Abstract factory was [self-interest] patterns and Self

Albertina Lourenci lourenci at lsi.usp.br
Thu Dec 14 19:31:38 UTC 2000

Jecel Assumpcao Jr wrote:

> As promissed, here are some quick comments from a Self programmer's
> viewpoint on the patterns in the "Design Patterns" book by Erich Gamma,
> Richard Helm, Ralph Johnson and John Vlissides. The numbers in
> parenthesis are the page numbers where each pattern is described.
> I hope this helps,
> -- Jecel

I do thank you for your efforts, although I will not be able to examine
all the GOF's D.P. for the time being. It is adding a special flavour
to my reading of Peter Wegner's paper.
But let's examine the Abstract Factory.

I immediately realized   it could be used to achieve portability across
different systenms. Well, indeed GOF states that Et++  (paper  46-57)
OOPSLA 88 uses the Abstract Factory pattern to achieve
portability across different Window Systems (X windows and Sun View)
page 95f in Known uses GOF's book.

So delegation is a powerful abstraction mechanism. There are various
viewpoints on what precisely makes a system "open"
One of the requirements is:
Interoperability. Open systems typically run on heterogeneous
hardware and software platforms. Platform differences should
be encapsulated in the system architecture to ease integration.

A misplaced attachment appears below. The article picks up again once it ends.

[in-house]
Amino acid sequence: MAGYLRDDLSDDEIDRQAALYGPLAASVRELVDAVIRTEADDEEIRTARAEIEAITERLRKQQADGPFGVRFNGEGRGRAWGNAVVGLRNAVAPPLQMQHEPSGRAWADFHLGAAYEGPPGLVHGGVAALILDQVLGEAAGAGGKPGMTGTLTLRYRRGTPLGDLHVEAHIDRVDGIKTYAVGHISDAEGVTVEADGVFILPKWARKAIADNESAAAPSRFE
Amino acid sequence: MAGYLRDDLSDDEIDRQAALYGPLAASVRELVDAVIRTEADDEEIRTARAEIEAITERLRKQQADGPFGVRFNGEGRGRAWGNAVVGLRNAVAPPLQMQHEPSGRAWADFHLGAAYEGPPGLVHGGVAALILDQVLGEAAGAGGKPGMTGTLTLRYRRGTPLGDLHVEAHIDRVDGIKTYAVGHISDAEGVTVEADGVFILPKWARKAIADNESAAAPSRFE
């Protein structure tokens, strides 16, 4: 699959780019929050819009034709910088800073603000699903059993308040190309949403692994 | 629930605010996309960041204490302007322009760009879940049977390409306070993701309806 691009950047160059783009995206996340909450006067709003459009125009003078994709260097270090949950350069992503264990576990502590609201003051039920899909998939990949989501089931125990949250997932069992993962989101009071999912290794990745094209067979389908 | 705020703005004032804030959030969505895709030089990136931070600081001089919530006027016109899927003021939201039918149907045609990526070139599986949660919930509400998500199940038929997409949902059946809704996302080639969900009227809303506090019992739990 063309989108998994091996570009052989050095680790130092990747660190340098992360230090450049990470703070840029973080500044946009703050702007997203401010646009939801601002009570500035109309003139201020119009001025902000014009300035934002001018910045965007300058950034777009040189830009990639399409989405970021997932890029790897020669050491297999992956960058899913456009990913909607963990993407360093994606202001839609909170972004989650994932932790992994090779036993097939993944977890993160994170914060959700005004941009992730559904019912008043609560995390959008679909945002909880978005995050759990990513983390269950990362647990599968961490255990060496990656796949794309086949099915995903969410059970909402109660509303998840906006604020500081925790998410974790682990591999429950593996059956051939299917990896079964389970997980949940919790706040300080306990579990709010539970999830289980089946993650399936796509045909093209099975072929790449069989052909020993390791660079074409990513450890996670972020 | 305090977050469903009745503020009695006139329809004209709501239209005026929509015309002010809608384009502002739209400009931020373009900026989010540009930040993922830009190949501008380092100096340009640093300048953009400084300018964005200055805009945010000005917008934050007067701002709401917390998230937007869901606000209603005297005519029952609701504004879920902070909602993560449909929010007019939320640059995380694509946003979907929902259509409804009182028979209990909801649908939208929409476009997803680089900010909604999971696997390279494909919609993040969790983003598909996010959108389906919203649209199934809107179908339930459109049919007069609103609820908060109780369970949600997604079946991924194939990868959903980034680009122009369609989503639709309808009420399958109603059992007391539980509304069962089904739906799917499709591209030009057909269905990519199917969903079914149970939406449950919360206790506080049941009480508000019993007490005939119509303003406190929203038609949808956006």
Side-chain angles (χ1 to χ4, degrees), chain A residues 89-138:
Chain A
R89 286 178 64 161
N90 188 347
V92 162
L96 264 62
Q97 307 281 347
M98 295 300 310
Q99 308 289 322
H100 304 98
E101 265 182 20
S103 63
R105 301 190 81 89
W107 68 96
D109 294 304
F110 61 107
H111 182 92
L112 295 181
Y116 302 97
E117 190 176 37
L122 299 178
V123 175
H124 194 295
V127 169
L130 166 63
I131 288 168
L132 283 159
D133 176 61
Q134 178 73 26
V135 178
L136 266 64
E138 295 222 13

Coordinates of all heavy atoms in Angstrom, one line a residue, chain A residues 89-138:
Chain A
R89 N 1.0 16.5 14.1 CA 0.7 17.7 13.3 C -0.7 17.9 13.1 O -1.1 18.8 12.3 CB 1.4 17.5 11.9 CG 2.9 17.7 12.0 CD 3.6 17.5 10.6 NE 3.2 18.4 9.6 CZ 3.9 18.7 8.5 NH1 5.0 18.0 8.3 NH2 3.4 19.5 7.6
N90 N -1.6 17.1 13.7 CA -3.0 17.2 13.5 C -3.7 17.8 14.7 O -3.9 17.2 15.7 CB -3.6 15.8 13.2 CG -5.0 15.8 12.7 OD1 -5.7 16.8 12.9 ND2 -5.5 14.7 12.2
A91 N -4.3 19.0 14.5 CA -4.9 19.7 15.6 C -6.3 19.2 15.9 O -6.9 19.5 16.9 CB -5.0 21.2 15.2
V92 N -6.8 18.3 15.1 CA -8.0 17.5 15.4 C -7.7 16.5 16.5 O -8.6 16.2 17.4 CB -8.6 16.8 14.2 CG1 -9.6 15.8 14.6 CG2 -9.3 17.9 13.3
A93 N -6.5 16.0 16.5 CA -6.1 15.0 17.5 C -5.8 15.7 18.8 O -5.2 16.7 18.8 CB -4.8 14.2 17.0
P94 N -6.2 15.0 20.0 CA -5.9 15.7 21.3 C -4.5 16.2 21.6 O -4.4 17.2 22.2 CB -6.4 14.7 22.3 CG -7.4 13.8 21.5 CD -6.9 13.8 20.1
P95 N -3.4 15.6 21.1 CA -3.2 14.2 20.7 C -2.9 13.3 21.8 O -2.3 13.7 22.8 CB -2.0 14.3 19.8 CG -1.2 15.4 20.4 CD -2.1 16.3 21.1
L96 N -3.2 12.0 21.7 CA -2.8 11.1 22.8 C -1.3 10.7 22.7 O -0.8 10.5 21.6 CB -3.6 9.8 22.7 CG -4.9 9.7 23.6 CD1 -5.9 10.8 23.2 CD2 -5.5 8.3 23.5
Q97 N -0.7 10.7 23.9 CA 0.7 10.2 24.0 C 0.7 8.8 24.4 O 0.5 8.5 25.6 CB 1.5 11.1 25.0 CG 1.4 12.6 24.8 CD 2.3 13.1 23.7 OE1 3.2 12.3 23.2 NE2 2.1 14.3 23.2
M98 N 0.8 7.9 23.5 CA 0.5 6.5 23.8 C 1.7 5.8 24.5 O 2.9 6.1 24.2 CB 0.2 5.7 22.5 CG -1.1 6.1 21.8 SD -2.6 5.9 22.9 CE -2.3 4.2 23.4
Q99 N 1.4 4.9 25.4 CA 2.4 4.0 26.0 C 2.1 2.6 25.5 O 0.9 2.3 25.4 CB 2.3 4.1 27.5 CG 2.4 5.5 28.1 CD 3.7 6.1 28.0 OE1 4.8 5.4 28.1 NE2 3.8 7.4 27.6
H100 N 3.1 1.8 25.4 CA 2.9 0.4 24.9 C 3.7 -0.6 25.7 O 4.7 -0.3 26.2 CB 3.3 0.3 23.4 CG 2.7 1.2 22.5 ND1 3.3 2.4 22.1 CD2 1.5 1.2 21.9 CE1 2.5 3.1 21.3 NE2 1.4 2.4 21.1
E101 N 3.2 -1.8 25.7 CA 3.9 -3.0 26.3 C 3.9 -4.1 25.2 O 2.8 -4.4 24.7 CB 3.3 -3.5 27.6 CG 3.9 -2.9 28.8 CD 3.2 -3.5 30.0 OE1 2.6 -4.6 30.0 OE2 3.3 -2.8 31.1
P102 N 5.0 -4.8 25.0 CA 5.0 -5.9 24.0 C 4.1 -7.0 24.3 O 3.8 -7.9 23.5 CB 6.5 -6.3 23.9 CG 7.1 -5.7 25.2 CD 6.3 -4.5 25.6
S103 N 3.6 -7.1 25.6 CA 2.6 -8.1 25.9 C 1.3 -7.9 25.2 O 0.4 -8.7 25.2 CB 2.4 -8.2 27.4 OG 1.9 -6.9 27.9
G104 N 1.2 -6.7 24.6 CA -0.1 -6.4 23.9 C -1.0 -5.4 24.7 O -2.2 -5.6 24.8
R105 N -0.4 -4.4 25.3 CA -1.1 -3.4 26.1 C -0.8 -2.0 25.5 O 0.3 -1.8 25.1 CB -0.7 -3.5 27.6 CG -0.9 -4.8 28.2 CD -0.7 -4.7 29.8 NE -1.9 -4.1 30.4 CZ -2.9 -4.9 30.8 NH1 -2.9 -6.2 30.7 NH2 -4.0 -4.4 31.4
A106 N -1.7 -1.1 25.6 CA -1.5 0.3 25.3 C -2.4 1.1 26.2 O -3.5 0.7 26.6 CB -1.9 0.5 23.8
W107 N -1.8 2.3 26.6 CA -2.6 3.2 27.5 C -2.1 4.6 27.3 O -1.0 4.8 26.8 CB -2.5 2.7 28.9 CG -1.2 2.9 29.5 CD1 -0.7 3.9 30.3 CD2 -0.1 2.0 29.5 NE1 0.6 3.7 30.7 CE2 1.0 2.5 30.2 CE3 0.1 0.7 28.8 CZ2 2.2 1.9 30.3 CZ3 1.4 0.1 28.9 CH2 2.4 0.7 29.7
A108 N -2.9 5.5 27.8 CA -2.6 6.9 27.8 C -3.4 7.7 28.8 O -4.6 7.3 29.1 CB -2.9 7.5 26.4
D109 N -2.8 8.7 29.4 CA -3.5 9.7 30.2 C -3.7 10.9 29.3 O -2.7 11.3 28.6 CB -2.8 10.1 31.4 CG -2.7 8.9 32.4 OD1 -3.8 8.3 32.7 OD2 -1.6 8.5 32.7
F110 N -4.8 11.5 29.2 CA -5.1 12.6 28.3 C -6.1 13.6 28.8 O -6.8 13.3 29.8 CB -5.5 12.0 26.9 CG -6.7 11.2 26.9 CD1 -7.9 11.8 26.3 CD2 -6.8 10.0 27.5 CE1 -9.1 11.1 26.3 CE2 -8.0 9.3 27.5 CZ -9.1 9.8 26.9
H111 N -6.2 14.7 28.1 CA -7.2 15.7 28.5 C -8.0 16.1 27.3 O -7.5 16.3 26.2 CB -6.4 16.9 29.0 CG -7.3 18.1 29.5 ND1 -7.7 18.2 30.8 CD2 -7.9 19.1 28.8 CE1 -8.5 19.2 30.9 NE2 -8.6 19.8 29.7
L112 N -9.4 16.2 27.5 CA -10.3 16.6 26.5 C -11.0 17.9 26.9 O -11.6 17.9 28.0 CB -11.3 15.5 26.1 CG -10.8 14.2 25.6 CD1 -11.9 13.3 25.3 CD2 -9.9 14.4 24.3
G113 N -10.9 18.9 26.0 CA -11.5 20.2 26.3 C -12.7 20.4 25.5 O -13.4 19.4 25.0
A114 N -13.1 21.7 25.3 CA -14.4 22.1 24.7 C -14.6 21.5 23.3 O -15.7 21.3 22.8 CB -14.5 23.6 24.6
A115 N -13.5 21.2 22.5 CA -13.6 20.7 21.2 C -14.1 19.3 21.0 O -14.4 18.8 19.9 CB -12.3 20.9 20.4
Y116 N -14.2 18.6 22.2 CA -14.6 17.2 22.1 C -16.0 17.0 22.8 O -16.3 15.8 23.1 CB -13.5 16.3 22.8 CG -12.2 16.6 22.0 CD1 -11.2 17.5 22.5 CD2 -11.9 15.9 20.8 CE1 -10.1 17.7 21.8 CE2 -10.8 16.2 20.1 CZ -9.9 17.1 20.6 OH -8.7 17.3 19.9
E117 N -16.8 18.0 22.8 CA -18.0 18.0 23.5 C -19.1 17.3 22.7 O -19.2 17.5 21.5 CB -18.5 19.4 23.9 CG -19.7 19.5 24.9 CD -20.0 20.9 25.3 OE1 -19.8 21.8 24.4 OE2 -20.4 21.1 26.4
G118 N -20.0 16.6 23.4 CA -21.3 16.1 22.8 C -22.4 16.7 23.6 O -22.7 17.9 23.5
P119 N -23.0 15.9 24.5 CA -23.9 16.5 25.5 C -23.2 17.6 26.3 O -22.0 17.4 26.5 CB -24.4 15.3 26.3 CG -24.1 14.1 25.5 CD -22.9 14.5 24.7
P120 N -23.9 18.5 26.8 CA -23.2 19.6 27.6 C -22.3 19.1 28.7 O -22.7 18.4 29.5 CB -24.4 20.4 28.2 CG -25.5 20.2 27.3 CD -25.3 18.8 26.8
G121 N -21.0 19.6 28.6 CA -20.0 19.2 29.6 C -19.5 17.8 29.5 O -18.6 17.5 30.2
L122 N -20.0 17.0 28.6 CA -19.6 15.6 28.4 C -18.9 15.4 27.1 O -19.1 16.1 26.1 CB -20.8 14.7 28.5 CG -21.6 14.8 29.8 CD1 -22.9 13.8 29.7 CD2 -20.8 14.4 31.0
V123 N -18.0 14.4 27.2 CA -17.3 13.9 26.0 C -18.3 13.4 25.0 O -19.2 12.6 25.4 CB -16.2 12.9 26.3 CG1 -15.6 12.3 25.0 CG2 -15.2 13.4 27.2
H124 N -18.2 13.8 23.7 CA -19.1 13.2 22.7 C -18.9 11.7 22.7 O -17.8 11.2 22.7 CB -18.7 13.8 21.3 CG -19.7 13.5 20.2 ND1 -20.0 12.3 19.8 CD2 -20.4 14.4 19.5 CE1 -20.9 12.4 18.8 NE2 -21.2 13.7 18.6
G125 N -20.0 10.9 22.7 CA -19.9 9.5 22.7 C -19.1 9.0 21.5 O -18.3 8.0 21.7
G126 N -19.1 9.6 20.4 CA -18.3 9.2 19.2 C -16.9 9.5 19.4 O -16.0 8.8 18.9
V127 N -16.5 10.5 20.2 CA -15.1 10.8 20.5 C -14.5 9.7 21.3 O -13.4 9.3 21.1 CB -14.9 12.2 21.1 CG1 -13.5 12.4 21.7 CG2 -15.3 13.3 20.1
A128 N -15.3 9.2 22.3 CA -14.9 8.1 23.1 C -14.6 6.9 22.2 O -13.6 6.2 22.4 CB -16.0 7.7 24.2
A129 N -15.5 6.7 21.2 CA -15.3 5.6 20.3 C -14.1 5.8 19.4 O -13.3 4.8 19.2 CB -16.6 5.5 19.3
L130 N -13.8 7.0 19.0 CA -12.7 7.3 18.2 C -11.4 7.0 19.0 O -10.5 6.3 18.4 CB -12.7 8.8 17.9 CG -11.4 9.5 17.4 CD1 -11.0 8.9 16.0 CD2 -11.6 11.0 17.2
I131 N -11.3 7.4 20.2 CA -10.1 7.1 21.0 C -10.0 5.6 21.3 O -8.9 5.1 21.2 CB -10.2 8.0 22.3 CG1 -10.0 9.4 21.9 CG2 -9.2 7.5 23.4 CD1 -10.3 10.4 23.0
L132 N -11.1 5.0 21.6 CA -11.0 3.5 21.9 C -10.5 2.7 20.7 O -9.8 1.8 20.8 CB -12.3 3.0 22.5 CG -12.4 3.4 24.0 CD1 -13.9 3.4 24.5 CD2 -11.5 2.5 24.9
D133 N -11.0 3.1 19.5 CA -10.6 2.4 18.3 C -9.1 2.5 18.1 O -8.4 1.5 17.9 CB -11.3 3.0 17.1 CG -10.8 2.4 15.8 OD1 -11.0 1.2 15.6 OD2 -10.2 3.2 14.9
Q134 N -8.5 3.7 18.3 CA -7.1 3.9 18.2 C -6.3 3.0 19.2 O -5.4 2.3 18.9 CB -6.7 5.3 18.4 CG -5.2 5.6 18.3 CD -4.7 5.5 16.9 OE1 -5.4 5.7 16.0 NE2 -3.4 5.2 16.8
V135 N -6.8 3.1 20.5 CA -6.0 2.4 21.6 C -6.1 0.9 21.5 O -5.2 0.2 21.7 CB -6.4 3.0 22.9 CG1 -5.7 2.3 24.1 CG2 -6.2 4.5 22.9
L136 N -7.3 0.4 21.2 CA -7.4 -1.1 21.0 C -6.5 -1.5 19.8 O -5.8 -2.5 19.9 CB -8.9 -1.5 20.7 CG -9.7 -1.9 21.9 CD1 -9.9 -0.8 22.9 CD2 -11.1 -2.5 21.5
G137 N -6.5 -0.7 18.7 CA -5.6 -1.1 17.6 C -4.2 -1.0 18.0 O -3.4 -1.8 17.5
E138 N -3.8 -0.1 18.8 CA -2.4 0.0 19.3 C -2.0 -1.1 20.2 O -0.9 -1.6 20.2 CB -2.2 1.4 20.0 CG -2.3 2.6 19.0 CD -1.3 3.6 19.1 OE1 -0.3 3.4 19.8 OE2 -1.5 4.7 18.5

There are different versions of Self (???) for Macintosh, Sun,
now for Linux and later for Windows and so on...
Why not to build a  unique software architecture (? framework?)
to cope with this requirement?

What are the difficulties involved? What role  does Abstract Factory
play here? Can delegation alone do the same? I mean is it as
expressive the Abstract Factory pattern?
Hope I have expressed my impressions in correct technical terms.
If not please help me to clarify my reasoning.


> Creational Patterns
> --------------
> ===> Abstract Factory(87):
> I have suggested that it might be interesting to add abstract types to
> Self in the form of interface (to use Java terms) objects. This would
> be a good use of this pattern. Instead of writing
>                a: list copyRemoveAll
> which refers to a specific prototype (list) directly, we could have
>               a: interfaces sequence getOneFor: 'fifo'
> Of course, with dynamic types this pattern is considerably simpler in
> Self than in the book. I can't think of an example where this is used
> in Self 4.1.2.
> ===> Builder(97):
> This goes against the idea of creating new objects by simply cloning an
> existing one. Of course, sometimes cloning is anything but simple. See
> the copy method for morphs, for example. But it is probably better to
> stick with the current Self style of stuffing all the complexity in the
> 'copy' method instead of creating separate "builder" objects.
> ===> Factory Method(107):
> It is hard to see what the fuss is all about when you have dynamic
> types and cloning. Just put a prototype of the "concreteProduct" in a
> slot in the prototype of the "concreteCreator" and patch the copy
> method to go down one level, here. See the low level graphical